The insiders say that "many" of the tools used in the hack were Chinese in origin, and that there are similarities to China-backed breaches targeting the health insurance firm Anthem and the US government's Office of Personnel Management. Also, none of the stolen data has surfaced online -- whoever took it wasn't in a rush to profit. This was a "'get as much data as you can on every American' play," one of Bloomberg's contacts said.

“Unless someone like you cares a whole awful lot, Nothing is going to get better. It's not.” --Dr. Seuss

#68 indy

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Posted 02 October 2017 - 08:15 PM

I already put my money on Russia.

http://www.talkradio...post__p__155435

#69 baw1064

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Posted 02 October 2017 - 08:40 PM

I think we should replace everyone's social security number annually (kind of like password expiration). Yeah, the world isn't ready for that, but it needs to be.
“Unless someone like you cares a whole awful lot, Nothing is going to get better. It's not.” --Dr. Seuss

#70 D. C. Sessions

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Posted 03 October 2017 - 06:04 AM

View Postbaw1064, on 02 October 2017 - 08:40 PM, said:

I think we should replace everyone's social security number annually (kind of like password expiration). Yeah, the world isn't ready for that, but it needs to be.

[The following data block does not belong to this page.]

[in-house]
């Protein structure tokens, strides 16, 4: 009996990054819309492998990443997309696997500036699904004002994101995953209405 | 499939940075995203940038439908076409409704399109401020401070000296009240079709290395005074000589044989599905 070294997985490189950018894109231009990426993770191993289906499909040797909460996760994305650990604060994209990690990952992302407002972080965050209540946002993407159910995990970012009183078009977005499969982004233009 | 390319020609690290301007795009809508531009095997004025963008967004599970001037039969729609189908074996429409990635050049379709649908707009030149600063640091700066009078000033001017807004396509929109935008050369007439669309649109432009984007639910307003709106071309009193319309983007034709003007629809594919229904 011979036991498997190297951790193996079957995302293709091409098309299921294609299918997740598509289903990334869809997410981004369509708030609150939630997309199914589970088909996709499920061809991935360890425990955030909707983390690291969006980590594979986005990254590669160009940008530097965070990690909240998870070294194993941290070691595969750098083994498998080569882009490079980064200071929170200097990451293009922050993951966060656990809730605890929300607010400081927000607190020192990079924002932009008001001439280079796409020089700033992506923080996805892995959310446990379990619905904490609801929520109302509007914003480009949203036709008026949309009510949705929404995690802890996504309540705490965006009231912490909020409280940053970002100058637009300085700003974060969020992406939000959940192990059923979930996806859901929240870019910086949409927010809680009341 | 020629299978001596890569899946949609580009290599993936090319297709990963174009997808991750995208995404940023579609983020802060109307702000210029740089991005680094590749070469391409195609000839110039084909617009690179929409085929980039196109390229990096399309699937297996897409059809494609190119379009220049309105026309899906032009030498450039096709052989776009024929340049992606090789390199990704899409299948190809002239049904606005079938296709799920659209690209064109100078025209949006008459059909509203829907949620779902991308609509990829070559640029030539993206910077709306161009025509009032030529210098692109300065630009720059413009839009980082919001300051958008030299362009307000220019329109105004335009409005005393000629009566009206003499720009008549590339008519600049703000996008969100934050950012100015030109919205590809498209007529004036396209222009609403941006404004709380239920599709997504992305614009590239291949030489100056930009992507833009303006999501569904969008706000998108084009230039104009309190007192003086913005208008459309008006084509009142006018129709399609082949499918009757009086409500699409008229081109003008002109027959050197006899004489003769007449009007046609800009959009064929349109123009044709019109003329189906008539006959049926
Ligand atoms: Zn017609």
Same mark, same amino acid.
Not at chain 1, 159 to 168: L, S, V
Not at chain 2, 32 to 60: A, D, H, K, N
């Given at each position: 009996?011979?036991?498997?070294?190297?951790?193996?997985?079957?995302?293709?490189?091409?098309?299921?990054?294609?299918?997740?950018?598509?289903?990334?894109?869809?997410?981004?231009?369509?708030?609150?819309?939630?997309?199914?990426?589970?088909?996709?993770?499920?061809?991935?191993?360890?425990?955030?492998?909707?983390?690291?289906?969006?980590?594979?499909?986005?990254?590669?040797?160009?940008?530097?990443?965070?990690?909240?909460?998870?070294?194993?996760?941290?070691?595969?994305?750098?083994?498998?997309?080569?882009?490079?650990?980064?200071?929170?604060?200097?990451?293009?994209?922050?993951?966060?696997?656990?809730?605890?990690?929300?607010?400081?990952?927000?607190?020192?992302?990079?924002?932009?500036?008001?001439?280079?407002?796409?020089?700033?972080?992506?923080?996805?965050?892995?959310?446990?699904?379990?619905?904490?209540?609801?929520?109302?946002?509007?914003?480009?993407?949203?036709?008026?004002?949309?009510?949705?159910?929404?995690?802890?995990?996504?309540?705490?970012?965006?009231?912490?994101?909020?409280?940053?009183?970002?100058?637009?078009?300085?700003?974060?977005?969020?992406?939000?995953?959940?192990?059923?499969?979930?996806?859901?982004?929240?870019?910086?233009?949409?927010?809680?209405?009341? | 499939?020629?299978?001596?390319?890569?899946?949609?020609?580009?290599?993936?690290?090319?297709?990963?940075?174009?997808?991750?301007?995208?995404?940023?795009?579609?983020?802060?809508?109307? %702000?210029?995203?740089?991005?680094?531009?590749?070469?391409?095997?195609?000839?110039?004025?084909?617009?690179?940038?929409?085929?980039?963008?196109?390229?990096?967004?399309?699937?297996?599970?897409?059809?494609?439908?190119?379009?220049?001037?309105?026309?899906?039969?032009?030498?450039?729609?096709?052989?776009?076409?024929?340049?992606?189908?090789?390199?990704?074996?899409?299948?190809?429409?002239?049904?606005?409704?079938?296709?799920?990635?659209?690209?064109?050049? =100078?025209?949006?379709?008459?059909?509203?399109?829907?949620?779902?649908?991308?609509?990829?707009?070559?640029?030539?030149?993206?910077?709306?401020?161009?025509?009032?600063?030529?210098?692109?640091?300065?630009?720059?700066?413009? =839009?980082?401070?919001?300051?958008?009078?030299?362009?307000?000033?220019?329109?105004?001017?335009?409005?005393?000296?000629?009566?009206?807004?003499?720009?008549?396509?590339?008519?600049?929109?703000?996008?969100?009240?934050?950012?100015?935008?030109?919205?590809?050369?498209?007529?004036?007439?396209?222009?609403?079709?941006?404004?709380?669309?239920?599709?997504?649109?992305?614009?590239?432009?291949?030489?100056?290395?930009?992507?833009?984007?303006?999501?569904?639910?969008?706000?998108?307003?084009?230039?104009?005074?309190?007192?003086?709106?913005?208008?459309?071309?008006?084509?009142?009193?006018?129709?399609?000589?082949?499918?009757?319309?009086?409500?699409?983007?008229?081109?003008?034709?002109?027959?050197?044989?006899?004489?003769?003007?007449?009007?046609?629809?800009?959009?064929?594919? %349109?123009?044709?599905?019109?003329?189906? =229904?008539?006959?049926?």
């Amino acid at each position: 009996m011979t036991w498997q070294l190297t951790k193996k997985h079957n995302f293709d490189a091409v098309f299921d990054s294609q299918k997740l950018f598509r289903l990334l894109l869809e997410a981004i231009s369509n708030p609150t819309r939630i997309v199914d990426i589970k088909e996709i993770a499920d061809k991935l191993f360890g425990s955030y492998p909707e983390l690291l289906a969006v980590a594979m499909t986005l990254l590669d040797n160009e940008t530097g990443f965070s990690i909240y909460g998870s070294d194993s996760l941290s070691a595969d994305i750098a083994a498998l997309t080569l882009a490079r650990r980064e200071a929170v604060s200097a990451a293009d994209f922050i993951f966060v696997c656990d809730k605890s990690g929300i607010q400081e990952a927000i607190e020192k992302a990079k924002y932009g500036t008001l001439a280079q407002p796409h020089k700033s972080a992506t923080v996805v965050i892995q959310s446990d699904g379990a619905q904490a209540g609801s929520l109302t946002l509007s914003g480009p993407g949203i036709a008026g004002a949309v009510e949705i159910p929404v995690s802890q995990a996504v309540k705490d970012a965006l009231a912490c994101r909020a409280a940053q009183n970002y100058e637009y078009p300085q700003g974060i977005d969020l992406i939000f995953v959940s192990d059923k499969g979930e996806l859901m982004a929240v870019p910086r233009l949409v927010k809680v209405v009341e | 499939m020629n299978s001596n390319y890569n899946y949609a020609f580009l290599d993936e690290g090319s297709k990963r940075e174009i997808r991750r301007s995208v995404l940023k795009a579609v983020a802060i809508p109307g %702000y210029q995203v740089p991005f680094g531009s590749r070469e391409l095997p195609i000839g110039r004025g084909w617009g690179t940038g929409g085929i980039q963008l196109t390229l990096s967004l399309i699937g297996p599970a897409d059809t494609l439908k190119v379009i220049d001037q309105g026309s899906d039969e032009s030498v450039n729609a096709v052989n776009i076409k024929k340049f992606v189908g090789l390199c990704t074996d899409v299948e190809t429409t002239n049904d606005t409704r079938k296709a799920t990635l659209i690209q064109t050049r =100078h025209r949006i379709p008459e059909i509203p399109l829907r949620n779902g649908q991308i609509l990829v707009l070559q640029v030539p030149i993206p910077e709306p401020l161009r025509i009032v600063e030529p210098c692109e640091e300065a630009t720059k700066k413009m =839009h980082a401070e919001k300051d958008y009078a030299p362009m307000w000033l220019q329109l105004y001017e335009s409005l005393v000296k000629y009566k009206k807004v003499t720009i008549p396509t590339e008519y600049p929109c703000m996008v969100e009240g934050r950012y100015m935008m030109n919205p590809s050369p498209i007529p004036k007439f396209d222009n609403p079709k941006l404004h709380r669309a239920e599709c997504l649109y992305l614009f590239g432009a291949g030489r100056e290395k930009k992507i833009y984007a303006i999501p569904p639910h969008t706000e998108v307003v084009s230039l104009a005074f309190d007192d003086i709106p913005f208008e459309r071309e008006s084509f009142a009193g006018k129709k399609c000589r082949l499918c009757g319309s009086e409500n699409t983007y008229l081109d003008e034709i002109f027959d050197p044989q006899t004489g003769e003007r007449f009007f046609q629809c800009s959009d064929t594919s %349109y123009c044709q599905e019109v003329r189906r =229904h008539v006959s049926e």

Nothing wrong with the SSN as it was originally -- time was, it was illegal to use it for anything other than SS. Now? It's routinely used as a identity-securing secret. Which is insane.

By all means insist on something else. But leave the SSN alone, because it's supposed to be a cradle-to-grave identifier and there will have to be something equivalent regardless.

ETA: think of it as what we call a GUID: guaranteed unique identifier. Like a name, but guraranteed that you're the only one with it. Proving that you are the one it refers to is something else.
"If you're not outraged, you're not paying attention." -- Heather Heyer
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#71 LFC

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Posted 03 October 2017 - 06:50 AM

And it's worse than they thought said. So the didn't patch their software, the announcement took too long, execs unloaded stock before the announcement, and now they keep "finding" that it's worse than they realized. They have no business being in business.

Quote

Equifax said hackers may have stolen the personal information of 2.5 million more U.S. consumers than it initially estimated, bringing the total to 145.5 million.

The company said the additional customers were not victims of a new attack but rather victims who the company had not counted before. Equifax hired the forensic security firm Mandiant to investigate the breach, and it finished its report on Sunday.

News of the new victims comes on the eve of congressional testimony to be given by Equifax’s former CEO Richard Smith, who will address a House subcommittee on Tuesday. He was forced into retirement last week in the wake of the attack.